The sigmoid or S-curve is a good example of what to do before newness fades.

1: Inception: The startup phase of a project, business, or even relationship.

2. Dip: challenges experienced when the project, business or relationship takes off.

3. Growth: increasing market share, expanding to new areas, hiring more people

4. Maturity: The project hits a maturity phase where growth slows, and then stops.

5. Decline: The project has grown to maturity and starts to die. Morale and energy dip, revenues decline, the empire starts to crumble. On a personal level, your relationship might start to become jaded or you might wonder if you have chosen the right career.

The sigmoid, or S-shaped, curve charts the trajectory of every successful human system.

There is always a first period of experimentation and learning which is followed by a time of growth and development. Ultimately, however, every curve turns downward.

The only thing that varies is the length and duration of each part of the curve.

Successful industries are constantly re-inventing themselves, even when things are going well.

In his book The Second Curve, Charles Handy says the best time to start a new ‘curve’ is before you reach the peak of your existing one. That way, you will be starting something new when you still have the resources, and the spirit, to take it to new heights.

6: Second Curve Starts: Starting a new project to replace [or compliment] the first project before its newness fades.

7: Second Curve Declines: Like the first curve, the second curve will decline. [The third curve should be introduced while the second curve is still on growth phase]

In contrast, most people think of doing something new only when they have reached the bottom [5] of what they are presently involved in.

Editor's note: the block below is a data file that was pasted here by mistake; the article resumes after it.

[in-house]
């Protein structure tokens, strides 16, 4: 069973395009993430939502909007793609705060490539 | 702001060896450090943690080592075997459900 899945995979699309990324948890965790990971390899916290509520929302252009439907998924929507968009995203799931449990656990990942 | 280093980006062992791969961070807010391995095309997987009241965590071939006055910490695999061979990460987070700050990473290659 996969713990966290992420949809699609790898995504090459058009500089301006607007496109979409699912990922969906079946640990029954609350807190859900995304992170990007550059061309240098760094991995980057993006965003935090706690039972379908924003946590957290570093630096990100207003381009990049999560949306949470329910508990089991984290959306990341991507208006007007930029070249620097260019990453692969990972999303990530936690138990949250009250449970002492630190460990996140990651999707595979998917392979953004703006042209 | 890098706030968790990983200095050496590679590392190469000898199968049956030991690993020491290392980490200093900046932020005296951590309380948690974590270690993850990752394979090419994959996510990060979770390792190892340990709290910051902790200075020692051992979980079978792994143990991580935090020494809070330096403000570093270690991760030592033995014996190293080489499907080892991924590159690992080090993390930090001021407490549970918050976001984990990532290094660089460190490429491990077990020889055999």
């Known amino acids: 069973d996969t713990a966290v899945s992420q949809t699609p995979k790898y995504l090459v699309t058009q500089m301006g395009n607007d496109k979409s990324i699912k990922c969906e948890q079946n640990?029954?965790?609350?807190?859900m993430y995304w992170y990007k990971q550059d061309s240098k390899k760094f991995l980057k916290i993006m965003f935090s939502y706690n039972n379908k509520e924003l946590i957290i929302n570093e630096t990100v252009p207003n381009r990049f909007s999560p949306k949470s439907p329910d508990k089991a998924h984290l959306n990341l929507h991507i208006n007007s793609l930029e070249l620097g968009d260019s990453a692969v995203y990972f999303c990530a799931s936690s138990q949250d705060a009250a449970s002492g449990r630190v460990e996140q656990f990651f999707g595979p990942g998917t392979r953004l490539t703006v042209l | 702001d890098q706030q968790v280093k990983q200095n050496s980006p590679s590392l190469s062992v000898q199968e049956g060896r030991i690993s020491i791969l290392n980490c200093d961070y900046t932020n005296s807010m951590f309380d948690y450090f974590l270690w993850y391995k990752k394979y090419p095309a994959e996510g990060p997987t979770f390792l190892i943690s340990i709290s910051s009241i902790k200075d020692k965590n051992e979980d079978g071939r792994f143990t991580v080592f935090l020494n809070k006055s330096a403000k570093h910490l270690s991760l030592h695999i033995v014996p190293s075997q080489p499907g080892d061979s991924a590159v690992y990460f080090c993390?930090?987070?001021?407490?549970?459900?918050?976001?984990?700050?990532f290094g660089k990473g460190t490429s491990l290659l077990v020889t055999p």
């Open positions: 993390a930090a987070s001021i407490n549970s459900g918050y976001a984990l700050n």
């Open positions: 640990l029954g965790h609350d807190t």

Most organisations do not change until they get frightened [point 5]. This is often too late. By then the leaders have lost credibility, resources are depleted and the energy for creative thinking is low.

The second curve applies to business and life. Humans grow, mature and at some point age, slow down and ultimately decline. Products and services work the same.

Liberation movements go through the sigmoid curve.

There seems to be no escape from the sigmoid curve. The only variable is the length of the curve.

Forty per cent of the Fortune 500 companies of seven years ago no longer exist as independent entities. Because they wanted to start change when it was too late.

The challenge of the second curve is to find a way to start that curve while still building upon the success, learning and maturity gained from the first curve.

It is important to start new things, before the newness of the first fades. 

The second curve has to start before the first curve peaks.

Only then are there enough resources, of money, time and energy to cover that initial initial dip [point 2]

The problem is knowing when that first curve is about to peak. Psychologically, when everything is going well it is reasonable to expect it to continue.

Success puts blinkers on us, when we are winning, nothing hurts. but when we are losing, everything hurts.

When the CEO of Nokia said we did everything right but we still failed and then cried, he missed the point to start the second curve while they Nokia was growing and doing.

You don’t introduce change when things go grow, you introduce it when things are going well. 

The success of the first-curve blinded him to the possibilities of new technology or a new market.

Once you miss initiating the second curve [point 6], it becomes hard to initiate it when the business is on the decline [point 5].

The best time to start the second curve is when times are good, before the maturity phase of the first curved.

The best time to introduce newness  is before the newness fades.

PS: This is better applied to products and things, not people

2 thoughts on “Newness Fades: The second curve

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